On the other side, the 49ers defense was superb. After their outstanding effort pretty much won the game against the Saints, they set out stopping the Rams in their tracks pretty much all afternoon. Although they didn't force any turnovers, they also didn't allow the Rams any extended drives. The one time the Rams managed to make it in to the 49ers Red Zone, the defense stopped them on 4th down, keeping them off the board.

But despite all this, the 49ers weren't able to extend beyond a 7-0 lead, which was somewhat troubling, and even moreso when Kaepernick, facing heavy pressure from the Rams on a pass play from his own 17-yard line, bizarrely retreated all the way back to his own end zone before floating a worthless pass toward nobody in particular. The resulting Intentional Grounding call gave the Rams a Safety, putting them on the scoreboard at a rather bizarre 7-2, something that looked more like Giants/Cardinals than 49ers/Rams.

Undaunted, the 49ers defense went out and stopped the Rams again and eventually the offense got themselves tracked enough to kick a Field Goal and extend the lead to 10-2. The defense remained strong, and with a little over 3 minutes left to go, the 49ers had a chance to run out the clock with an unimpressive, but welcome victory. Teams here tend to play safe and just run the ball, although the 49ers hadn't had much success running the ball in the second half. But that really doesn't explain why, on 3rd down, Kaepernick ran a read option play, and instead of just running with the ball and trying to get a few yards, Kaepernick decided instead to lateral to Ted Ginn, Jr. Badly. So badly that rather than just flipping the ball to Ginn, Kaepernick appeared instead to sail the ball over Ginn's head, where it bounced around freely long enough for the Rams to scoop it up and score a Touchdown. This was, basically, a complete disaster. The combination of a poorly chosen play, combined with incredibly stupid execution that conspired to hand the Rams a gift Touchdown and, following a 2-point conversion, a 10-10 tie in a game where the Defense still hadn't allowed any points.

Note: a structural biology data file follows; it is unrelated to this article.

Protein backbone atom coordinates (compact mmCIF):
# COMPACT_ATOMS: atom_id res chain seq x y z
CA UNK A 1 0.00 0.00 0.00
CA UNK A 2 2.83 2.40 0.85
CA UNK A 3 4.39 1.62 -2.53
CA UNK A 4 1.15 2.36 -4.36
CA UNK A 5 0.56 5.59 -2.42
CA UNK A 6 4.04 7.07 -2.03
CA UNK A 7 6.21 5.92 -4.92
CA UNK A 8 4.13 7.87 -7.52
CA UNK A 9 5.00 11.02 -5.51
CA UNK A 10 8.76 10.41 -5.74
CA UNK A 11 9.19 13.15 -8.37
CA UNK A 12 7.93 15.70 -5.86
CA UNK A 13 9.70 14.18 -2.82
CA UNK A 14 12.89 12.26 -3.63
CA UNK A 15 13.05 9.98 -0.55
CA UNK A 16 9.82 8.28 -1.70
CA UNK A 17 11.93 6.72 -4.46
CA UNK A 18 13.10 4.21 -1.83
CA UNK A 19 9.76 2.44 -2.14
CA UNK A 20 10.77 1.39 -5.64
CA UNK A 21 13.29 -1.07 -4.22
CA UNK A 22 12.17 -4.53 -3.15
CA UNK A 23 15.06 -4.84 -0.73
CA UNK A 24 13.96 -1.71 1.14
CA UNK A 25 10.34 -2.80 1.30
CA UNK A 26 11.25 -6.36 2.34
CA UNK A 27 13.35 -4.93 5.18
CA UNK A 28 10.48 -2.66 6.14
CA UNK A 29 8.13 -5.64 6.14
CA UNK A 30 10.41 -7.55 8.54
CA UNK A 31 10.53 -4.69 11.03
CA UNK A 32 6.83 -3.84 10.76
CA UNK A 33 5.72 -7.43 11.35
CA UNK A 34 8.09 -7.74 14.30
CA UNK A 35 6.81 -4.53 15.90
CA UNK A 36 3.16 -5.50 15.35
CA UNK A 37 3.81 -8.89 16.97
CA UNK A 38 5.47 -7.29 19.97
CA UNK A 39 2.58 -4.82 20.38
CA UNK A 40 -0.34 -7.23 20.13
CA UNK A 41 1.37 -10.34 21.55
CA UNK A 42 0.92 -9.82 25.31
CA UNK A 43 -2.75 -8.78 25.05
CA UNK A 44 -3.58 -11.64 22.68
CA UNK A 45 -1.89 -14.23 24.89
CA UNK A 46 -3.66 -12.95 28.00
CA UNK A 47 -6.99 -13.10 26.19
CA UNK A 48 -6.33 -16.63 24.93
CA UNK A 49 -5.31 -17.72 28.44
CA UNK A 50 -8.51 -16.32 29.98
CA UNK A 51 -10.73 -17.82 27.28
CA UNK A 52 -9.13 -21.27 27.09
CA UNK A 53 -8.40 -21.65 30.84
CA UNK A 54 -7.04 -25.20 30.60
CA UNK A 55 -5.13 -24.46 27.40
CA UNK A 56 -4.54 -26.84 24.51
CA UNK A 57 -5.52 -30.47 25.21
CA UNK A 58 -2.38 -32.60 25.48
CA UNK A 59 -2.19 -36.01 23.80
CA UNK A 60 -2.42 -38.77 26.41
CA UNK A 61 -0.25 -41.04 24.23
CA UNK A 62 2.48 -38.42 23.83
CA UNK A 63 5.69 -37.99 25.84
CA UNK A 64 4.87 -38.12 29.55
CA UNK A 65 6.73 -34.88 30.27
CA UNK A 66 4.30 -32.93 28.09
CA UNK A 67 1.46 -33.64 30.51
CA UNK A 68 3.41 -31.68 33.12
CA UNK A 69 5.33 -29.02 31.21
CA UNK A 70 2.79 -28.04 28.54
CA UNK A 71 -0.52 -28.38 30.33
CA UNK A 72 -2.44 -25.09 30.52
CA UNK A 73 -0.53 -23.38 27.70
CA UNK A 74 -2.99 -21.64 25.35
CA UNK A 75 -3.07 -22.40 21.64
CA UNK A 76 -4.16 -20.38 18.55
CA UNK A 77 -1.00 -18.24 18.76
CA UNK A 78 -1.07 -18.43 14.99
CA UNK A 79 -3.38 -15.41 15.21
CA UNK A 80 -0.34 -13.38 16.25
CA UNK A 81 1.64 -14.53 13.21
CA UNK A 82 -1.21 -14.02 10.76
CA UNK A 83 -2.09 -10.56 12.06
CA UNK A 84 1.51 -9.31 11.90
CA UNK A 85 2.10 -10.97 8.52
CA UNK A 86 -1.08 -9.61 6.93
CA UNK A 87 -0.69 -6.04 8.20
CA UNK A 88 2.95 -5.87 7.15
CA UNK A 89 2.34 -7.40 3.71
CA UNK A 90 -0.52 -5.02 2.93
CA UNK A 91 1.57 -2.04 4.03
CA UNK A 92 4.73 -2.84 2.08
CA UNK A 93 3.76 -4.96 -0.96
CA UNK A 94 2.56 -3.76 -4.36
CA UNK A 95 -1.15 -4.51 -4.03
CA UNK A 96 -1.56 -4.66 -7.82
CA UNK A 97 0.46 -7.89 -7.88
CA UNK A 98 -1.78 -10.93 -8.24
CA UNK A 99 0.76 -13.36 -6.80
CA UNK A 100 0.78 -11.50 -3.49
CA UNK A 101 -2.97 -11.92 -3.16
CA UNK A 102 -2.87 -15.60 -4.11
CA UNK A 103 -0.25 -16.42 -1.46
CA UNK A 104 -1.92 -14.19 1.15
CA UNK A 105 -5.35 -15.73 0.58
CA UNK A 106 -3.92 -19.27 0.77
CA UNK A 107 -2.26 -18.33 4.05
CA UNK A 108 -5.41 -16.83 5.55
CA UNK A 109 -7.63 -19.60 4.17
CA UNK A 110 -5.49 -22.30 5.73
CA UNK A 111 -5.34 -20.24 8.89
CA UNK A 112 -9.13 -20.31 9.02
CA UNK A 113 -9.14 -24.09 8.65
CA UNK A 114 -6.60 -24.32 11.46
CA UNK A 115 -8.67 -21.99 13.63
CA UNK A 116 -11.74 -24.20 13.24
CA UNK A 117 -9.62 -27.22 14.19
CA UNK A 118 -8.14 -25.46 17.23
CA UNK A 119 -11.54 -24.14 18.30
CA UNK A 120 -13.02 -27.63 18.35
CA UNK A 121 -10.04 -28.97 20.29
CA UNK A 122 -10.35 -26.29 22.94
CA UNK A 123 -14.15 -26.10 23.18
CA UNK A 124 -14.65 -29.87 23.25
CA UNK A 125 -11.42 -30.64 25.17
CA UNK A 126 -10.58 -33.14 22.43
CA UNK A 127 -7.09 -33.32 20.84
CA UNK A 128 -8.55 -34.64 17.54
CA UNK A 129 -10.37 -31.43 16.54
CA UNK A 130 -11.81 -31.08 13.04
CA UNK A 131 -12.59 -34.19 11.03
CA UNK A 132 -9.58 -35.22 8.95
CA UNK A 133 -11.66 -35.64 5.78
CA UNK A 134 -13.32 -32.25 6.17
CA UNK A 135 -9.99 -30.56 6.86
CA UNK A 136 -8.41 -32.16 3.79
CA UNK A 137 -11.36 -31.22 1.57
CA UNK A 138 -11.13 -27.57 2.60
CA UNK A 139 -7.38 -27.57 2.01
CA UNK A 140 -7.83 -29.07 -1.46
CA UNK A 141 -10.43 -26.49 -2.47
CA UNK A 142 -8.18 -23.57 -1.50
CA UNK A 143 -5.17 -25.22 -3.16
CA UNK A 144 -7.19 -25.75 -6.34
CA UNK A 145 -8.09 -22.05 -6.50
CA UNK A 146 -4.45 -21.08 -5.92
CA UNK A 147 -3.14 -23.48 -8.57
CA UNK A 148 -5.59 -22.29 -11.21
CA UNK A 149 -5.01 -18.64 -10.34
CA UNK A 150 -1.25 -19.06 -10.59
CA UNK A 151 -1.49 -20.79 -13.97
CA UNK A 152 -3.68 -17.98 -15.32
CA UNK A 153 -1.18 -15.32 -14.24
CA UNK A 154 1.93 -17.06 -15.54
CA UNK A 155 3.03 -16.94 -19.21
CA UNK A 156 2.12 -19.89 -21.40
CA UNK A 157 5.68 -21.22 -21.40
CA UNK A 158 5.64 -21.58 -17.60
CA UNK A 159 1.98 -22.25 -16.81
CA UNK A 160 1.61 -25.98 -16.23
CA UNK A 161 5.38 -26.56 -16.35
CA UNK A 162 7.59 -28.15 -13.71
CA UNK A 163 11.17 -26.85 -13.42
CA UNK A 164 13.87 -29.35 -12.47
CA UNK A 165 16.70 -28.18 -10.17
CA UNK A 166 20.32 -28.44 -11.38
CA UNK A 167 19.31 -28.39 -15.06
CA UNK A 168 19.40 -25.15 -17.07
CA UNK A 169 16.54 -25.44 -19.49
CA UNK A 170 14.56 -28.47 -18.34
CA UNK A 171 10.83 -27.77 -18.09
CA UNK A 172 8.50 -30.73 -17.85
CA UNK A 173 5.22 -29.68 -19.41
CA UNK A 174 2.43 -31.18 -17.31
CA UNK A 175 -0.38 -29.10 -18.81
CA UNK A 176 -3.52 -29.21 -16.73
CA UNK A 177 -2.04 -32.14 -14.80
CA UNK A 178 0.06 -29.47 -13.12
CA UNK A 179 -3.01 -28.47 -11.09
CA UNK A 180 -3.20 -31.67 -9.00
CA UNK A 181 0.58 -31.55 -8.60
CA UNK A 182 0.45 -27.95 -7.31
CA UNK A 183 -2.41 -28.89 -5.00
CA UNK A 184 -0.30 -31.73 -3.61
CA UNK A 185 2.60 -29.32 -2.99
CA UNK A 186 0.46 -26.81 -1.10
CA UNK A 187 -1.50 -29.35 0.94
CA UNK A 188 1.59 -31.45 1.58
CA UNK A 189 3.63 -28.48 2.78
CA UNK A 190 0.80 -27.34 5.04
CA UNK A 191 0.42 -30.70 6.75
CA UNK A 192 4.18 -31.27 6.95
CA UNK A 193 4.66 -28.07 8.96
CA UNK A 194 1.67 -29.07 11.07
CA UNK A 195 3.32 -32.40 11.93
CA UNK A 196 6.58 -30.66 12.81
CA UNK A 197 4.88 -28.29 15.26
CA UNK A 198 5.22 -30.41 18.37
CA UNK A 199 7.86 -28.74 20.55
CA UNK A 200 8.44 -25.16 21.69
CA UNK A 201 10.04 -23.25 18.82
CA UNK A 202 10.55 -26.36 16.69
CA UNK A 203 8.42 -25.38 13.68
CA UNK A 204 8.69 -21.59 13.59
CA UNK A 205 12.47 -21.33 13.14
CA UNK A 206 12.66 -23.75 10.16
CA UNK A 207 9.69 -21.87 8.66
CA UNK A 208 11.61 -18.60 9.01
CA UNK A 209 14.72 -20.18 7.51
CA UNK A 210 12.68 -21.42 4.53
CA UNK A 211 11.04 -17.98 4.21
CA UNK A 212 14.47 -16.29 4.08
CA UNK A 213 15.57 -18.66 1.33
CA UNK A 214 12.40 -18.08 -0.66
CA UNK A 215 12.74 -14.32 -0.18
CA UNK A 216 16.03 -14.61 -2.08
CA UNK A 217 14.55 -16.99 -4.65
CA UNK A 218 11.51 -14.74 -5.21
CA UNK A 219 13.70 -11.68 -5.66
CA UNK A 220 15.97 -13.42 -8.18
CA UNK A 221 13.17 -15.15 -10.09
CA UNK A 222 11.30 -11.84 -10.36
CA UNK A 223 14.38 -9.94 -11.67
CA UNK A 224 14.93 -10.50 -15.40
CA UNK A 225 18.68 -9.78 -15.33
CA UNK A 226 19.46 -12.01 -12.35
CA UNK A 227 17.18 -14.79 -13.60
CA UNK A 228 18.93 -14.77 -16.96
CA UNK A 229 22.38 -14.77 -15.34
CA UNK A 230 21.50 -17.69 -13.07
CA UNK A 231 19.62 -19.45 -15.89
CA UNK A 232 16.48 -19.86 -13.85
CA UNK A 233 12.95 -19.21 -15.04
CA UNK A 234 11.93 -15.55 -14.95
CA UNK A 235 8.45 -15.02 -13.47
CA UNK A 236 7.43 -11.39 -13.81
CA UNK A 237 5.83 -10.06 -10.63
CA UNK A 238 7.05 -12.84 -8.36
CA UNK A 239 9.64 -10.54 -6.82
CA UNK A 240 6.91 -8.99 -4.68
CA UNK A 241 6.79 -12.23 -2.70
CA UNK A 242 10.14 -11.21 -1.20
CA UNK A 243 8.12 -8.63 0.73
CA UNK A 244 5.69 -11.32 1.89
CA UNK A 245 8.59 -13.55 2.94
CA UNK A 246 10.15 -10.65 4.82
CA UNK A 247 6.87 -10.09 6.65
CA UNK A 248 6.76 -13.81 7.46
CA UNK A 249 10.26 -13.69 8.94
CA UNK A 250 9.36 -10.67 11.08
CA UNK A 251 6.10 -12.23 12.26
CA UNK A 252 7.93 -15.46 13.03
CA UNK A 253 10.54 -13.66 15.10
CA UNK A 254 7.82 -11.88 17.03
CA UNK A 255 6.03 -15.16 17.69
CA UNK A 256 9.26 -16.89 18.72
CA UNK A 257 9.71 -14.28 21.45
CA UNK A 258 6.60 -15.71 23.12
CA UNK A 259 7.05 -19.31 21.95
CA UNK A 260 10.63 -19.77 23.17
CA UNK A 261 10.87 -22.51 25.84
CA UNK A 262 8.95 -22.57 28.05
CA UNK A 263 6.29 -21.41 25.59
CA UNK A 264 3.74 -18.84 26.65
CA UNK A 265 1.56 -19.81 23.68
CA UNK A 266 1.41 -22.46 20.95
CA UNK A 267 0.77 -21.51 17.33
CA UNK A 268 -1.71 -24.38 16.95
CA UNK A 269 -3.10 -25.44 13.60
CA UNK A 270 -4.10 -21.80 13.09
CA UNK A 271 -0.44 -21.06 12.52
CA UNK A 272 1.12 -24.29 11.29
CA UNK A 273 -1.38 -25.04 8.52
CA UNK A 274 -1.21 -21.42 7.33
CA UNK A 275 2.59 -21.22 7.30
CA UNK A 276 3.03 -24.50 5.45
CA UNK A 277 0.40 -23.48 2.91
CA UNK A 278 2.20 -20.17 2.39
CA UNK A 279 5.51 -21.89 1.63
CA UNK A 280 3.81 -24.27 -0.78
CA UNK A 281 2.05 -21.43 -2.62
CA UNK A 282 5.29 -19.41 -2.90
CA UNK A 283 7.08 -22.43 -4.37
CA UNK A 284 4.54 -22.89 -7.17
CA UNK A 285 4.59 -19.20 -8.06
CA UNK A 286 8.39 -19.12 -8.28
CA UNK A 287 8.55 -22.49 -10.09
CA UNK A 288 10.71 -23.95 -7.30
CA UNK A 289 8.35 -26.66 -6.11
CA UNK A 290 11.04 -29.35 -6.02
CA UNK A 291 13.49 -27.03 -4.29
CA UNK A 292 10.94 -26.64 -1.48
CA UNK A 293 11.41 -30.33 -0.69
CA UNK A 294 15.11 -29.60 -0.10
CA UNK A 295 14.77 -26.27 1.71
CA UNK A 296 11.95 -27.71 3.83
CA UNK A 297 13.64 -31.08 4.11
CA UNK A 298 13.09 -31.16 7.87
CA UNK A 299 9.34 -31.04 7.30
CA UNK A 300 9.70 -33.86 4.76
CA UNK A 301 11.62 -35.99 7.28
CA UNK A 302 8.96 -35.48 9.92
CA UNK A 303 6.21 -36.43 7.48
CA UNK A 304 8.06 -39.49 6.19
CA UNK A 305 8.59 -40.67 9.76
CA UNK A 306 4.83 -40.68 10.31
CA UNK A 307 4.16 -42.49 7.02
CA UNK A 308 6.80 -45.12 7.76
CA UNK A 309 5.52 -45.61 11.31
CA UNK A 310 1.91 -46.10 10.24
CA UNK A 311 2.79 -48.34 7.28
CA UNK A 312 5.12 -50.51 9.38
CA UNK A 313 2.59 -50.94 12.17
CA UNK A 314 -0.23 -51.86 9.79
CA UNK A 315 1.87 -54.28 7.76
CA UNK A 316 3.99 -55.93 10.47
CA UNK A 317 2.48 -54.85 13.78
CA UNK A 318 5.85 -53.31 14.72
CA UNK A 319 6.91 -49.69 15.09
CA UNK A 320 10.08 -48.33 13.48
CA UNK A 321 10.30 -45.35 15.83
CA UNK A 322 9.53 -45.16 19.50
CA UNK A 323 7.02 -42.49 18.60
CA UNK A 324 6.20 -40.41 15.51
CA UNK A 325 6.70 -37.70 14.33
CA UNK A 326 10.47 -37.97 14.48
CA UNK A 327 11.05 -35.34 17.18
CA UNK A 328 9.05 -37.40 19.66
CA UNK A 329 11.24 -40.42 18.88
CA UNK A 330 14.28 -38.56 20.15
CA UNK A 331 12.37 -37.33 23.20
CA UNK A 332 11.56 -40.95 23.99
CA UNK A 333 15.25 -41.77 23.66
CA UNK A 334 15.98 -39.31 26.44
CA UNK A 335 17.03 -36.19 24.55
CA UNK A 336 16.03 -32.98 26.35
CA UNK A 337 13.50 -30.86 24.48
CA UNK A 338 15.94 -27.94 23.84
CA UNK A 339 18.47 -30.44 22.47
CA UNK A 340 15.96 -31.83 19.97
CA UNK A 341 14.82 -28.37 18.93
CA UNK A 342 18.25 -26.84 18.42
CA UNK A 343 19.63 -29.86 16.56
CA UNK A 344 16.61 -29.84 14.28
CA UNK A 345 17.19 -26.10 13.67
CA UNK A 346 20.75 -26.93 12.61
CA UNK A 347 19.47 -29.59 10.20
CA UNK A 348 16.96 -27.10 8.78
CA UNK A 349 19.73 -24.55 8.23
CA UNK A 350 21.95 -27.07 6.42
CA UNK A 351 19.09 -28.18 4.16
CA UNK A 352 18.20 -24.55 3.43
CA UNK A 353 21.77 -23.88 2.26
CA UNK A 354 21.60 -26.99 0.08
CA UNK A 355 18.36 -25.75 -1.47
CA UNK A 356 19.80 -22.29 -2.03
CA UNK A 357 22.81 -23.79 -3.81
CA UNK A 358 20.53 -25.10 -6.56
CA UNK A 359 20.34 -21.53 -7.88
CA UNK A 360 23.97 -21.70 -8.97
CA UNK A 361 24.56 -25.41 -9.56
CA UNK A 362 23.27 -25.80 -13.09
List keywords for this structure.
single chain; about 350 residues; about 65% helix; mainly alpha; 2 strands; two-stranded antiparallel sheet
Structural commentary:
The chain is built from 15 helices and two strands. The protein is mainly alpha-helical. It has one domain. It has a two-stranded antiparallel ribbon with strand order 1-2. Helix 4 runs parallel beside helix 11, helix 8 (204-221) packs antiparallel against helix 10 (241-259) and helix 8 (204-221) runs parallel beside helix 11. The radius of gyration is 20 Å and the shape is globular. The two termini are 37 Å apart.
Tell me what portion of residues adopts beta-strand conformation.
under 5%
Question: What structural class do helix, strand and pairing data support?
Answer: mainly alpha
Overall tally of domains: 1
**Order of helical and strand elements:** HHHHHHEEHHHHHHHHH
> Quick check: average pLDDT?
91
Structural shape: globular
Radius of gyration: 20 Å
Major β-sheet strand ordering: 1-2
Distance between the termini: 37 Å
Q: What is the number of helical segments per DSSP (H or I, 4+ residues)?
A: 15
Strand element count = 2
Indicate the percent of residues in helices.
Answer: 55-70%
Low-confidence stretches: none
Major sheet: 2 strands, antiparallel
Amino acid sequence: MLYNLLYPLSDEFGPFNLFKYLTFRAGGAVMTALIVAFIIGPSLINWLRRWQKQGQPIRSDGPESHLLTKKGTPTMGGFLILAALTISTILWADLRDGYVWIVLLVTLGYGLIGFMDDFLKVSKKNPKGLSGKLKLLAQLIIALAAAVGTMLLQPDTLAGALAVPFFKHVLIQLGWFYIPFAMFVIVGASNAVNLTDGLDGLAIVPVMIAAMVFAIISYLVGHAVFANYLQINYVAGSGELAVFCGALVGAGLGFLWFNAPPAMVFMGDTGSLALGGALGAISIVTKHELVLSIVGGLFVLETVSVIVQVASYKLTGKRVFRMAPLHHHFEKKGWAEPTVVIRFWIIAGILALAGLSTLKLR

On the 49ers ensuing drive, Kaepernick appeared to have redeemed himself, ripping off a 50-yard run before destructing again, missing a wide open Delanie Walker for a potential go-ahead Touchdown, and then stepping out of bounds after a 3rd down scramble to stop the clock, allowing the Rams to save a time out. David Akers kicked a Field Goal to give the 49ers a lead, but the damage had already been done. Almost predictably, the Rams scrambled enough of a drive together to get into Greg Zuerlein's range, and his 53-yard Field Goal sent the game into Overtime. Overtime with these clowns once again.

The Overtime in this game played out quite similar to the Overtime in the prior game, which is to say that both teams had opportunities and both teams managed to screw them up. The 49ers had a golden opportunity after the Rams handed them a 14-yard punt, giving them the ball at midfield. But they couldn't generate any sort of offense, and then stupidly set up for a long Field Goal attempt from David Akers. Kickers in the NFL are sort of like any MLB Relief Pitcher. Most of them are erratic and mercurial, with only 1 or 2 sure things in the league, and even they have their moments. Every so often, one of them will have a hot season and then coast on that reputation for a while. Akers is one such instance. After a great year in 2011, Akers has been middling this season. Setting him up for a 51-yard Field Goal last year would have been OK. This year, not so much, which is why I wasn't completely surprised that Akers kick missed just wide right, keeping the game tied and giving the Rams one final shot in a game that appeared to be primed to end without a winner once again. Though the Rams did their best to screw it up, they somehow managed to get just far enough to give Zuerlein, whose penchant for long Field Goals has earned him the nickname "Legatron," to boot home a 53-yard Field Goal with 30 seconds left in OT. No false starts, no delay of games, just a clean Field Goal, and finally, a winner in this mess of a game. Unfortunately, on this day, it wasn't the better team that won.

It's fortunate that the 49ers are now done with the Rams, because they just seem to bring out the worst in the Niners. I'm sure anyone on the team will say they've had enough of the Rams. Two games in which they played 30 seconds short of 10 Quarters of football and they couldn't find a way to win either game, sometimes it's just the opponent. The Rams are a young team and they've figured out a method of playing the 49ers particularly tough. They play the entire division tough. So, the 49ers now sit at 8-3-1 for the year, still holding a game and a half lead in the Division over the Seattle Seahawks and a 1 game lead over the Giants for the #2 seed in the NFC. Nothing is a given, particularly considering the 49ers have a pair of really difficult road games remaining on their schedule, at the New England Patriots in 2 weeks, and at the Seattle Seahawks in 3 weeks. The Miami Dolphins lie next, however, and we'll see how the 49ers come out after this wreck of a game.